I grew up on Montague Street, London next to the British Museum-number 21 to be exact. It had a brass knocker on a black door. Our street was diverse with English, Italians, Greeks, Irish, Jews and one mixed race family- our’s. Everyone got along on Montague. My father was from Accra, Ghana-in those days called The Gold Coast. It sounded magical tome. Mum was a Lancashire lass. Dad was an African Novelty showman calling him Prince Zulamkah, Prince of the Zulus. He would travel all over England with his troupe performing African Shows. I was full of imagination and very dreamy. I loved to dance and listen to music. Russell Square was at the end of Montague Street. You could rent a deck chair for a few pence to see marvelous matinee plays.
I would sit at the kitchen table and design dresses with my colored pencils. I wanted to be a dress designer someday. Being biracial (called half-caste in those days) I had to avoid certain flats (apartments) where kids would call me names. I always felt all people should value their differences and embrace their heritage and humanity. I went to St Martin-in-the-Fields School on Trafalgar Square. I loved school especially the art classes.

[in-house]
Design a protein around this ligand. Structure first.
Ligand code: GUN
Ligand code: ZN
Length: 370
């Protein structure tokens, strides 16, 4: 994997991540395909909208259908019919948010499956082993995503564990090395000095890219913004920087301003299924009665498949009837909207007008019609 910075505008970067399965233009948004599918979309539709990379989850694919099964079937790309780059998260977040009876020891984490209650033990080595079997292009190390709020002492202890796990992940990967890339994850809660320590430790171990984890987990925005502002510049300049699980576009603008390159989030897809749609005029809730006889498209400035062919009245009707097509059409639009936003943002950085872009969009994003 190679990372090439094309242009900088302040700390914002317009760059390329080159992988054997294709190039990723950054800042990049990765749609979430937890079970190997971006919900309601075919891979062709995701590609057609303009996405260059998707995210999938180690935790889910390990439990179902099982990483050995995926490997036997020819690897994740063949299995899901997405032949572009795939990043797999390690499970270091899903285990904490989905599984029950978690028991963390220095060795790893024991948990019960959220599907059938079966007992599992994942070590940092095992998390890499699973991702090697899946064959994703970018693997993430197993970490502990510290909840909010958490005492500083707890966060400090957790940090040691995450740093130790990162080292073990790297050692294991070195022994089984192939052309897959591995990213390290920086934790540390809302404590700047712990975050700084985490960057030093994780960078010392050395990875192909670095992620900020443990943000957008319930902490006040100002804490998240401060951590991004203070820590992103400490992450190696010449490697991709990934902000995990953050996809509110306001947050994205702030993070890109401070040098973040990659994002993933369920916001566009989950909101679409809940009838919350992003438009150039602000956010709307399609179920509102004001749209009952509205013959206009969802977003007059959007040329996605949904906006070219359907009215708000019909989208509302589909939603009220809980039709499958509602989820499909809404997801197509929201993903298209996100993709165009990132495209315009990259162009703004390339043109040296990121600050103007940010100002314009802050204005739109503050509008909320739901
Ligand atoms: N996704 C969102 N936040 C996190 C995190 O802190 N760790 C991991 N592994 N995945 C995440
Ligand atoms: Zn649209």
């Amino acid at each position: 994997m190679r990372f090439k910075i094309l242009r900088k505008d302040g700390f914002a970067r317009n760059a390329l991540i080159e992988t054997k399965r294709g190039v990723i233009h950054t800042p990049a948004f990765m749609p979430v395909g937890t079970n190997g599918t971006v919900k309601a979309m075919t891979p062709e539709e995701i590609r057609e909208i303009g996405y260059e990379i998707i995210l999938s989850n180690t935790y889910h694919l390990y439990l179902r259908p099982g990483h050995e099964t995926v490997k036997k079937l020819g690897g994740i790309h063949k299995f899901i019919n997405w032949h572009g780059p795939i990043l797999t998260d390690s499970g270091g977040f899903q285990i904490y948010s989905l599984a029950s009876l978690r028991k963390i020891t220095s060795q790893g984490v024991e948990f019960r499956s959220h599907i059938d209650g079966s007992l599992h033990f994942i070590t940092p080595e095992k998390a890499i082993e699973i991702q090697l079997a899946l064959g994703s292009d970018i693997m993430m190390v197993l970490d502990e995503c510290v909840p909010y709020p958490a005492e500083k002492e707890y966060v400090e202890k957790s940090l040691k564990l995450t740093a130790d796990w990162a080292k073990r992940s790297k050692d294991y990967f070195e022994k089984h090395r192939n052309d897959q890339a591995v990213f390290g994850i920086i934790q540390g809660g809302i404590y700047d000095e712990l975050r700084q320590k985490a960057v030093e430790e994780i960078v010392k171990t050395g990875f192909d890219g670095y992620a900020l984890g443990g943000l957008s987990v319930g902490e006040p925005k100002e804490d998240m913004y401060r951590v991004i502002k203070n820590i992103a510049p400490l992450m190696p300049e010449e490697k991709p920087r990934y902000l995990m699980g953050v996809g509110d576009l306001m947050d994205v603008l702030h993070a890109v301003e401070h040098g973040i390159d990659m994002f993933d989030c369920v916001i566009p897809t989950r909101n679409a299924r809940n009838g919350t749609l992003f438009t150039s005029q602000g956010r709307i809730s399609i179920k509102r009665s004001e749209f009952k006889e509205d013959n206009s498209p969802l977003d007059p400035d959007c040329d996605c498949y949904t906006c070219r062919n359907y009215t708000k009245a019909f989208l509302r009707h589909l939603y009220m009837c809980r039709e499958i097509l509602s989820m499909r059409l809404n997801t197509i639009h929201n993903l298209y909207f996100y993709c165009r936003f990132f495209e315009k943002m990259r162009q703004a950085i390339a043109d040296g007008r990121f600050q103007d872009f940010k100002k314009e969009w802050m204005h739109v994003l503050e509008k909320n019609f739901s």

Fast forward to today. About 15 years ago I began to draw again. I went to classes at Parsons New School of Design in NYC. I started with watercolors. Now I concentrate on acrylics on canvas and wood. I love the flow of the acrylic medium. I love colors that are vibrant, but also those that are subtle. I have an idea in my mind and play background music that fits the idea. Some of my paintings are lush gardens with highly textured flowers. I want people to feel they could actually pick the flowers.
When someone enters a room with one of my paintings I hope they feel good, even joyful and at peace. Some garden paintings, when they are finished feel very spiritual. When I look at a finished painting, I want to feel it in my soul. Other paintings are complex and abstract. I like to create a design with one overall color theme. The designs flow from my head. I wonder if Africa has something to do with my abstracts. My garden themes seem to flow from England.
With my husband, first assistant and loyal subject, I enjoy being on the road and meeting new friends and patrons. I especially love to see smiling faces in the booth. Also, we enjoy the camaraderie of other artists.
(PS The name “kole” comes from my fathers sister in Ghana, who I never met. He had her photograph on the mantlepiece. I am sure she is with me in spirit)